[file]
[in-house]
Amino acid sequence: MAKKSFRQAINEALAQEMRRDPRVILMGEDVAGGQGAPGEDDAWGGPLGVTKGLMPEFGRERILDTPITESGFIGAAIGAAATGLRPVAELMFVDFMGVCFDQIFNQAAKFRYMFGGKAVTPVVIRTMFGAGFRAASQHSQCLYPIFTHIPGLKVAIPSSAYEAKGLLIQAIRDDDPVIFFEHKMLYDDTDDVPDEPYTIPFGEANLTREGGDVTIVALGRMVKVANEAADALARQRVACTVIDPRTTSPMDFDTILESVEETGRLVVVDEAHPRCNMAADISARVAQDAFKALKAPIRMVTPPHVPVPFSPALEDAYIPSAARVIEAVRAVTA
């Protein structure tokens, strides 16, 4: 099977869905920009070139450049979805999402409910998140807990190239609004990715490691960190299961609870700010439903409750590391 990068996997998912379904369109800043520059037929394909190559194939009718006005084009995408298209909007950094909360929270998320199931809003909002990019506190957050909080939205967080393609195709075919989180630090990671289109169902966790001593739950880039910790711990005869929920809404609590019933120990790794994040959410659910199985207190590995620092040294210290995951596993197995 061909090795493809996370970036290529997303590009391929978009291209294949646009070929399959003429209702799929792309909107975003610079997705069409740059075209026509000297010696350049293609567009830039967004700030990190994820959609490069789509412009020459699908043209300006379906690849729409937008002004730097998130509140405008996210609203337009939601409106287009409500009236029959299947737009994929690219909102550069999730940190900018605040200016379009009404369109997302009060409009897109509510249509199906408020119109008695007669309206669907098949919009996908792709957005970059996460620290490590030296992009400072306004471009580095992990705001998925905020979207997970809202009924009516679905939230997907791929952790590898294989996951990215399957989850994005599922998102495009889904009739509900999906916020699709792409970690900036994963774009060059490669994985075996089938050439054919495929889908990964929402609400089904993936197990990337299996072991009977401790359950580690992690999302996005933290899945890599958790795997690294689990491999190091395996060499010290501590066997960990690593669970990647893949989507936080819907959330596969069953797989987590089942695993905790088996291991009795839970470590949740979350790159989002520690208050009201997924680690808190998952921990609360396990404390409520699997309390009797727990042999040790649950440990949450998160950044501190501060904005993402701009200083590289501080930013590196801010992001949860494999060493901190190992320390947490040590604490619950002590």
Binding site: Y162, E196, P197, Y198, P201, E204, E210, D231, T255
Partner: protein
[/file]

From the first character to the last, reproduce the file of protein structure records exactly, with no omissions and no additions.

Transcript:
[in-house]
Amino acid sequence: MAKKSFRQAINEALAQEMRRDPRVILMGEDVAGGQGAPGEDDAWGGPLGVTKGLMPEFGRERILDTPITESGFIGAAIGAAATGLRPVAELMFVDFMGVCFDQIFNQAAKFRYMFGGKAVTPVVIRTMFGAGFRAASQHSQCLYPIFTHIPGLKVAIPSSAYEAKGLLIQAIRDDDPVIFFEHKMLYDDTDDVPDEPYTIPFGEANLTREGGDVTIVALGRMVKVANEAADALARQRVACTVIDPRTTSPMDFDTILESVEETGRLVVVDEAHPRCNMAADISARVAQDAFKALKAPIRMVTPPHVPVPFSPALEDAYIPSAARVIEAVRAVTA
């Protein structure tokens, strides 16, 4: 099977869905920009070139450049979805999402409910998140807990190239609004990715490691960190299961609870700010439903409750590391 990068996997998912379904369109800043520059037929394909190559194939009718006005084009995408298209909007950094909360929270998320199931809003909002990019506190957050909080939205967080393609195709075919989180630090990671289109169902966790001593739950880039910790711990005869929920809404609590019933120990790794994040959410659910199985207190590995620092040294210290995951596993197995 061909090795493809996370970036290529997303590009391929978009291209294949646009070929399959003429209702799929792309909107975003610079997705069409740059075209026509000297010696350049293609567009830039967004700030990190994820959609490069789509412009020459699908043209300006379906690849729409937008002004730097998130509140405008996210609203337009939601409106287009409500009236029959299947737009994929690219909102550069999730940190900018605040200016379009009404369109997302009060409009897109509510249509199906408020119109008695007669309206669907098949919009996908792709957005970059996460620290490590030296992009400072306004471009580095992990705001998925905020979207997970809202009924009516679905939230997907791929952790590898294989996951990215399957989850994005599922998102495009889904009739509900999906916020699709792409970690900036994963774009060059490669994985075996089938050439054919495929889908990964929402609400089904993936197990990337299996072991009977401790359950580690992690999302996005933290899945890599958790795997690294689990491999190091395996060499010290501590066997960990690593669970990647893949989507936080819907959330596969069953797989987590089942695993905790088996291991009795839970470590949740979350790159989002520690208050009201997924680690808190998952921990609360396990404390409520699997309390009797727990042999040790649950440990949450998160950044501190501060904005993402701009200083590289501080930013590196801010992001949860494999060493901190190992320390947490040590604490619950002590």
Binding site: Y162, E196, P197, Y198, P201, E204, E210, D231, T255
Partner: protein